Will CBS Have Any Idea What to Do With a ‘Curb’-Style Improvised Sitcom Starring Paul Scheer?
If the pitch of “an improvised multi-camera sitcom about a married couple of real estate developers made by the network that does Young Sheldon” doesn’t sound attractive to you, then you don’t work at CBS.
The broadcast behemoth is reportedly working on a new series from Friends co-creator Marta Kauffman titled A Lot. The show will star Paul Scheer and his real-life wife and Grace and Frankie star June Diane Raphael as a married couple who spend their life savings trying to turn a defunct studio lot into a housing development. Both Scheer and Raphael come from improv backgrounds, and A Lot will be a loosely scripted, heavily improvised comedy in the vein of Larry David’s Curb Your Enthusiasm but in a broadcast sitcom format.
Because everyone knows that the one thing missing from Curb is commercials.
Plenty of sitcom showrunners give their stars leeway to insert their own jabs and jokes – Michael Schur has gone on record saying that Chris Pratt’s improv was frustratingly better than the writing on Parks and Recreation – but the concept of A Lot leans entirely on its lead actors’ off-the-cuff performances. Curb Your Enthusiasm is obviously the most successful example of this approach, but the hitmaker behind Friends seems to think that broadcast TV is ready for what HBO viewers have been enjoying for decades.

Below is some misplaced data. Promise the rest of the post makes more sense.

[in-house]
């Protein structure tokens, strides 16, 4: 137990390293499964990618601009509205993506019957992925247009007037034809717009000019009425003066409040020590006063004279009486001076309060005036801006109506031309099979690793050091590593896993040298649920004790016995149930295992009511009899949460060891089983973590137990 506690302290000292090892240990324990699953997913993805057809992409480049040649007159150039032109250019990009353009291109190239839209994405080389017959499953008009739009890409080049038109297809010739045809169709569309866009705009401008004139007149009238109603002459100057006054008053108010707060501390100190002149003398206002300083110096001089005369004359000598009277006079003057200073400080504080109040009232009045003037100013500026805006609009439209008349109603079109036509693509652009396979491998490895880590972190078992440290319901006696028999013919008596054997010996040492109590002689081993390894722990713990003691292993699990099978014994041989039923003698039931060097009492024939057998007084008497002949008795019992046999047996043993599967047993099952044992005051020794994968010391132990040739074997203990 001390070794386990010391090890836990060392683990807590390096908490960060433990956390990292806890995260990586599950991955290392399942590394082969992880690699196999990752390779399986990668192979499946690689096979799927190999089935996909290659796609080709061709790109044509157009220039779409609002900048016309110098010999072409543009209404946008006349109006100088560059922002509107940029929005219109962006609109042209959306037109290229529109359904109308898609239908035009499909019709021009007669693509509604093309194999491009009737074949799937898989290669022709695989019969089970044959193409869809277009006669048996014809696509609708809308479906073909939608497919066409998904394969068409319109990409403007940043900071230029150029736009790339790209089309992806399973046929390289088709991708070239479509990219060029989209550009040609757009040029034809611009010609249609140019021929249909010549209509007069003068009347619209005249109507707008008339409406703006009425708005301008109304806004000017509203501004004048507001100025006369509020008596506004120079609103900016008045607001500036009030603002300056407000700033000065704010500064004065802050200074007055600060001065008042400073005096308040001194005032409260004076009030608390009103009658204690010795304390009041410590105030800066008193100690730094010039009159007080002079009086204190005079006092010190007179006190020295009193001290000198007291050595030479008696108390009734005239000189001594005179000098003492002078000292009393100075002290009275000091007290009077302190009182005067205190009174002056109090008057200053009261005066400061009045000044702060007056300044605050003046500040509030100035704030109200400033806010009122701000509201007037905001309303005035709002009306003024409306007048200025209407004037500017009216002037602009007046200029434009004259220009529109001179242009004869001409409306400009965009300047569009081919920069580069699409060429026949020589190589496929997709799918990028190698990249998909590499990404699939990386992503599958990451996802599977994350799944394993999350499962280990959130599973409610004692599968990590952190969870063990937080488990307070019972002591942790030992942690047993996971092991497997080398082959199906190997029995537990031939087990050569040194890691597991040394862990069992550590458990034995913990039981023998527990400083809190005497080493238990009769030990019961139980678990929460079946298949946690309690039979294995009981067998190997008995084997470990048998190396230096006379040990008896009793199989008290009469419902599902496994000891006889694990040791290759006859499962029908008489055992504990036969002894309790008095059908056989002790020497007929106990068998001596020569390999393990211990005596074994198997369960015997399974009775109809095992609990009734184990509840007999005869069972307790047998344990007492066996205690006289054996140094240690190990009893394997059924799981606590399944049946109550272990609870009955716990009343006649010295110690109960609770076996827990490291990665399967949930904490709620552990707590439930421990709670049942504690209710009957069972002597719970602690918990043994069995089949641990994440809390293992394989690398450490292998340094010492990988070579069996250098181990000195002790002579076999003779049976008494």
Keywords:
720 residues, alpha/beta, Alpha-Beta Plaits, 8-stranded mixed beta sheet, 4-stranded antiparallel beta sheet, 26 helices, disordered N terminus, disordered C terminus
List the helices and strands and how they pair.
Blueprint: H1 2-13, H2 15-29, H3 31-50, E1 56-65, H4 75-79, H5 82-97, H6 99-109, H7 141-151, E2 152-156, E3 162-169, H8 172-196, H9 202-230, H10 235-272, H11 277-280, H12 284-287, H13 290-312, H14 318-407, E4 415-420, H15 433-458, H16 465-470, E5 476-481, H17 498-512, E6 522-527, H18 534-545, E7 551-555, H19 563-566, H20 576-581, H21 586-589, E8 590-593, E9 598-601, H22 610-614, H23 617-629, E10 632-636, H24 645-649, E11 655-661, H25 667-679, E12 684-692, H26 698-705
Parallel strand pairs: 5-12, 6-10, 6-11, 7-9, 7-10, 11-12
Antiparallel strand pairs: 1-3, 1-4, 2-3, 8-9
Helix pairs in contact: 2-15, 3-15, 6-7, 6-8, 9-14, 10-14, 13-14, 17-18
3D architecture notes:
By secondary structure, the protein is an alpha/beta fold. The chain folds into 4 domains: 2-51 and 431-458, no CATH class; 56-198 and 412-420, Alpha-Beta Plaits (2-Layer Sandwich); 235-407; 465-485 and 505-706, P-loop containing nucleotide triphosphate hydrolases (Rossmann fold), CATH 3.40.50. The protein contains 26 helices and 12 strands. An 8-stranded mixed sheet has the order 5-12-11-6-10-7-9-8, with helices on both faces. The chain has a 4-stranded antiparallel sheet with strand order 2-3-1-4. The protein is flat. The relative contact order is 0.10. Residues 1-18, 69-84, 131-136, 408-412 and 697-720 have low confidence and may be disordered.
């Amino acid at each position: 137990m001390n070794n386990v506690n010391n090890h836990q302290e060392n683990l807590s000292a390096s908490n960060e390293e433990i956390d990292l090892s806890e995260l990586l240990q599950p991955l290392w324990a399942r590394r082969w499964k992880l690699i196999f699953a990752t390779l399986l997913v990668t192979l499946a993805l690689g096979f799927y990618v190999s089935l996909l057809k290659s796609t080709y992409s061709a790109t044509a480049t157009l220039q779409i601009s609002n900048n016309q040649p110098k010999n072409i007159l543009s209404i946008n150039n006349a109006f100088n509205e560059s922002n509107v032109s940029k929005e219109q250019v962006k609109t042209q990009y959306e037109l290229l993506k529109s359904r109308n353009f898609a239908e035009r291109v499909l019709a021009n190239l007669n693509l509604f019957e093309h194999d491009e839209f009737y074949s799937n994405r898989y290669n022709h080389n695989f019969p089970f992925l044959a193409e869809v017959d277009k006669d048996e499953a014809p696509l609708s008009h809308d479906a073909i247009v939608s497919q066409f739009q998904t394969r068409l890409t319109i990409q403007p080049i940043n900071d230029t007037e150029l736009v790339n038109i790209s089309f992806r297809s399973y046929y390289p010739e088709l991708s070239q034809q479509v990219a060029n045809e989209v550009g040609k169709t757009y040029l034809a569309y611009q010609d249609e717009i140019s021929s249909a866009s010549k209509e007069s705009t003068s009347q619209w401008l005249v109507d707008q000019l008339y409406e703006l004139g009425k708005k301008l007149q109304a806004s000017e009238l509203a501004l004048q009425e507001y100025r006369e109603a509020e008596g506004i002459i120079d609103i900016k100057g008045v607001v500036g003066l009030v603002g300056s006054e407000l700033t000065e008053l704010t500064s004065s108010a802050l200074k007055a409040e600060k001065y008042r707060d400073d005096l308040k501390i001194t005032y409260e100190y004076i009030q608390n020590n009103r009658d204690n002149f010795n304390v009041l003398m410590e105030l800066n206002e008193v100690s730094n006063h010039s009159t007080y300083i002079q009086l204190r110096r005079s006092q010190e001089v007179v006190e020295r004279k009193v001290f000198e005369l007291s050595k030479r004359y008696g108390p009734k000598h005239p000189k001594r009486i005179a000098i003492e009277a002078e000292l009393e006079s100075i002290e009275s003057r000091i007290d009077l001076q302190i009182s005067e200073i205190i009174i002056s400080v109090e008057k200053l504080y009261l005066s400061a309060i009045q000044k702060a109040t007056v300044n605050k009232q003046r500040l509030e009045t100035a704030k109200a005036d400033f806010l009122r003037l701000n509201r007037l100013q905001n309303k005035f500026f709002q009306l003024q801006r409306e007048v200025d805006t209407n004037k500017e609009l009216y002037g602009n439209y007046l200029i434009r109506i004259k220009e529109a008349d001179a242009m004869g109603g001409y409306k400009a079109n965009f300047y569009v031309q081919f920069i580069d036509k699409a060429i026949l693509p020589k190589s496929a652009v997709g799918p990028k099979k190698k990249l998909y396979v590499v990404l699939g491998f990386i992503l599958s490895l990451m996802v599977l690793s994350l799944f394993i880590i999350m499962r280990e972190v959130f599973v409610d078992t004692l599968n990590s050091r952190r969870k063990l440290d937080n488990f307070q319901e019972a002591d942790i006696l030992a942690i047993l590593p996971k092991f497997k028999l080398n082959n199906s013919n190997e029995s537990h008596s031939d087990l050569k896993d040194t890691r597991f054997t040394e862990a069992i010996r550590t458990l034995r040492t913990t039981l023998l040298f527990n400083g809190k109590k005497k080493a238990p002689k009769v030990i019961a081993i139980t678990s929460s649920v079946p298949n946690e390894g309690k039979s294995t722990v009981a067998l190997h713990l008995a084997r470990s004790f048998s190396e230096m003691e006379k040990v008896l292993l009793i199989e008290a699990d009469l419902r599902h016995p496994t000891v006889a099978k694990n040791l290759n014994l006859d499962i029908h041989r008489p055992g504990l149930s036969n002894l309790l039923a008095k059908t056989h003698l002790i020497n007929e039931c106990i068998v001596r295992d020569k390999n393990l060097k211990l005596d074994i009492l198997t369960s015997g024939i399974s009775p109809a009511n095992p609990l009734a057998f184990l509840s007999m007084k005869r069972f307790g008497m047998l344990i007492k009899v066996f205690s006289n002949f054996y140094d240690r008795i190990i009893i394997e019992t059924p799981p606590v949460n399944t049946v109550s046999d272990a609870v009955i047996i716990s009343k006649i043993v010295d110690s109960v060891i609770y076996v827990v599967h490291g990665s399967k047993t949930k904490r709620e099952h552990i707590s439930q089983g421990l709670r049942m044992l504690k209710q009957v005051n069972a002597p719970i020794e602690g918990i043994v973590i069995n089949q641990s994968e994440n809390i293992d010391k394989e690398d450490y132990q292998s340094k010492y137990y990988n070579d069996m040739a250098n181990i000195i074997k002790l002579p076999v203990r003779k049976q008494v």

However, the stream-of-consciousness style of comedy feels like an odd fit for a CBS multi-cam sitcom – the set-up-to-punchline rhythm of a Chuck Lorre project doesn’t flow the way a scene from Curb does as it meanders through the minutiae of human interaction and escalates conflicts to their pettiest peaks. Though CBS has bucked its cookie-cutter formula for sitcom success with shows like the surprise hit Ghosts, an improvised sitcom sounds slightly overambitious for one of the most traditional networks on broadcast.
So in this case, it’s not so much about Curb Your Enthusiam the show, but actually curbing your enthusiasm.